If Trump loses, he’ll likely be one of the few candidates in history who have only themselves to blame.
If Donald Trump suffers a big loss in November, it will go down as a true rarity in the history of modern American presidential politics: a self-inflicted landslide defeat. If the current polling is accurate, Hillary Clinton is likely to win all the states Obama won twice, plus North Carolina. That would give her 347 electoral votes. She has a shot in Arizona, Georgia, one of Nebraska’s congressional districts, and perhaps Missouri or Utah; sweeping all of those would give her 391 electoral votes.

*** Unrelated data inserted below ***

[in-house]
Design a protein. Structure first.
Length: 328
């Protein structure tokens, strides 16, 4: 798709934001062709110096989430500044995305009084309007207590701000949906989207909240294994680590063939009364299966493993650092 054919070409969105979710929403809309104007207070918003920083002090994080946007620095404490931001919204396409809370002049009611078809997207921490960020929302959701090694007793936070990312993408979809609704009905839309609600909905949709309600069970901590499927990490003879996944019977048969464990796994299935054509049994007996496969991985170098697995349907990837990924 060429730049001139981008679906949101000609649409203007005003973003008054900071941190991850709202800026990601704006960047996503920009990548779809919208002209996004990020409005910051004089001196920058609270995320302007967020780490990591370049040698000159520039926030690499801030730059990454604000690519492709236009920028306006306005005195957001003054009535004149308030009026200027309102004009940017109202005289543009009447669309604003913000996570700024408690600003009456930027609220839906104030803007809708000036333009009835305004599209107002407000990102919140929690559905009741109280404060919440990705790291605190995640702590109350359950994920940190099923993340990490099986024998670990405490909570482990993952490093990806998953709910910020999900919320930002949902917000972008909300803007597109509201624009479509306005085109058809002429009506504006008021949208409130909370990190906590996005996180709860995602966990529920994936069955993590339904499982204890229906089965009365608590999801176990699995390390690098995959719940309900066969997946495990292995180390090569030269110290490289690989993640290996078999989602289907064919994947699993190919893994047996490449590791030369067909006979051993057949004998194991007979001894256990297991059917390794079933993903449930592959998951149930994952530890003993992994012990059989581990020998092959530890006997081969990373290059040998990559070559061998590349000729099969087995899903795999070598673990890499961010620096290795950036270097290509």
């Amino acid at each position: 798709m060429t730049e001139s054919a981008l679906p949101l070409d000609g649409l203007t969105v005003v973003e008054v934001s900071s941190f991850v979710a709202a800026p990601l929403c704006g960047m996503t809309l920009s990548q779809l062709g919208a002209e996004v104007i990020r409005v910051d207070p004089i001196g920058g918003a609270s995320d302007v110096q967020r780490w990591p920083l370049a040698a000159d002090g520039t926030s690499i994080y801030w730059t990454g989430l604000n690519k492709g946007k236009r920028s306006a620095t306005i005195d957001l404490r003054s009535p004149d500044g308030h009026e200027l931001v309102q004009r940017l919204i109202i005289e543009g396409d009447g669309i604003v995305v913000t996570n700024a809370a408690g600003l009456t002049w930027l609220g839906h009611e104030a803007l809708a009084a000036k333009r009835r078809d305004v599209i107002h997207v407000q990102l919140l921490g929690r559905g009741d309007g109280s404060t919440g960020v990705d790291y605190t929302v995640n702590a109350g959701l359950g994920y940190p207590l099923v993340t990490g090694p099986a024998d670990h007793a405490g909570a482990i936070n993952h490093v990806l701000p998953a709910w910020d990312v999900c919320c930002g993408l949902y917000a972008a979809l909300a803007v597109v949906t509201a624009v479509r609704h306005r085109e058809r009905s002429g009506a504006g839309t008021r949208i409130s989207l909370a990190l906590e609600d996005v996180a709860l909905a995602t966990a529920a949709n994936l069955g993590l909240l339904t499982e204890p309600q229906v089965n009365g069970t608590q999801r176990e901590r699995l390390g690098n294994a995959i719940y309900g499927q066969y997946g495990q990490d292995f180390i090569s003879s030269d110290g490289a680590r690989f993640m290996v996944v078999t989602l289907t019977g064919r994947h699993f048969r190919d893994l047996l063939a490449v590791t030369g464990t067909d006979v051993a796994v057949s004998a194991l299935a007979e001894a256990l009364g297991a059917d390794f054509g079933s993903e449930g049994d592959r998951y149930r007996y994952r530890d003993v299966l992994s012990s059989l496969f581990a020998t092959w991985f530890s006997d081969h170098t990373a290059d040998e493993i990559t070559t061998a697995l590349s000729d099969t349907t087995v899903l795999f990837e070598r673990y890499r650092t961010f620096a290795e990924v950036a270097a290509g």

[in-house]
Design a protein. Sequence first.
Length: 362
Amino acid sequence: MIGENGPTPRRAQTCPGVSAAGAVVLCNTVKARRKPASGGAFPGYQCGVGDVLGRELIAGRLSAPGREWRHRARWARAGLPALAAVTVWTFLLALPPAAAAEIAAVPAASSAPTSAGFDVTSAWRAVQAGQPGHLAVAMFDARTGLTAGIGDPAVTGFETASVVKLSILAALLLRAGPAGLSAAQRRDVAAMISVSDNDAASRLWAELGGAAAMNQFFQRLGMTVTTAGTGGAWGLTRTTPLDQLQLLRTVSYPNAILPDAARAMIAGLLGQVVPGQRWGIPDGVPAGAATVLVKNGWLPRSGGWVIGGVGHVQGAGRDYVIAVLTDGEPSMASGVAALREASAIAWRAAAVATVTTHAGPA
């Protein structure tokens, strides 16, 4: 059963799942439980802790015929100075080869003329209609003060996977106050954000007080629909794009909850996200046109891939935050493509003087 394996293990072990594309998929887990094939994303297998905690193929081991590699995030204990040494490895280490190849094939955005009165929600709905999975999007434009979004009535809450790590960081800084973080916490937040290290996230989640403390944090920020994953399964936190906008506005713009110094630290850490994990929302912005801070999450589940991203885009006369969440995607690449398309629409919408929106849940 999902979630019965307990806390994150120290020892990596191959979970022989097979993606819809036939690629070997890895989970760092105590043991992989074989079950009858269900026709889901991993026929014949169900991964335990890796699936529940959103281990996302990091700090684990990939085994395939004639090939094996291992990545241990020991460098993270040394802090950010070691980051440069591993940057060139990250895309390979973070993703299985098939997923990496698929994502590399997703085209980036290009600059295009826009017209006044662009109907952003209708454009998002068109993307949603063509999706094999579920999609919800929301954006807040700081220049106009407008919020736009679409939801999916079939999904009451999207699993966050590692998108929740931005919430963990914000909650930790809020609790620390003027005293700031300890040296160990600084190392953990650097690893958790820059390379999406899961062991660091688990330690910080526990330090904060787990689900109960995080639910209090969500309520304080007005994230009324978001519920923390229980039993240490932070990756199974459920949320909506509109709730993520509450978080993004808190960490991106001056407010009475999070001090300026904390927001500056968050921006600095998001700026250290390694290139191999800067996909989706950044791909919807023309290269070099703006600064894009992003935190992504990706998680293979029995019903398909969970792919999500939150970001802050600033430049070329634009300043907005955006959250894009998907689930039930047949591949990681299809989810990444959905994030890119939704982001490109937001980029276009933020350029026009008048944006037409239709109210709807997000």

The past two generations of American voters saw some epic landslides in presidential races: Democrat Lyndon Johnson beating Barry Goldwater in 1964, Republican Richard Nixon beating George McGovern in 1972, Republican Ronald Reagan beating Walter Mondale in 1984. But a Trump loss would likely be remembered quite differently than those one-sided contests.
Only once since 1952 has a party kept control of the White House for three straight terms: the Republicans, from 1980 to 1992. That third term is nearly impossible to lock up, even under circumstances more prosperous and peaceful than today’s — ask Richard Nixon, Gerald Ford, or Al Gore. Trump is taking on the second-most-unpopular nominee in recent polling history at a time of terrorist attacks on American soil, a growing menace overseas, and a still-middling economy.Read the rest of Jim Geraghty's op-ed HERE.
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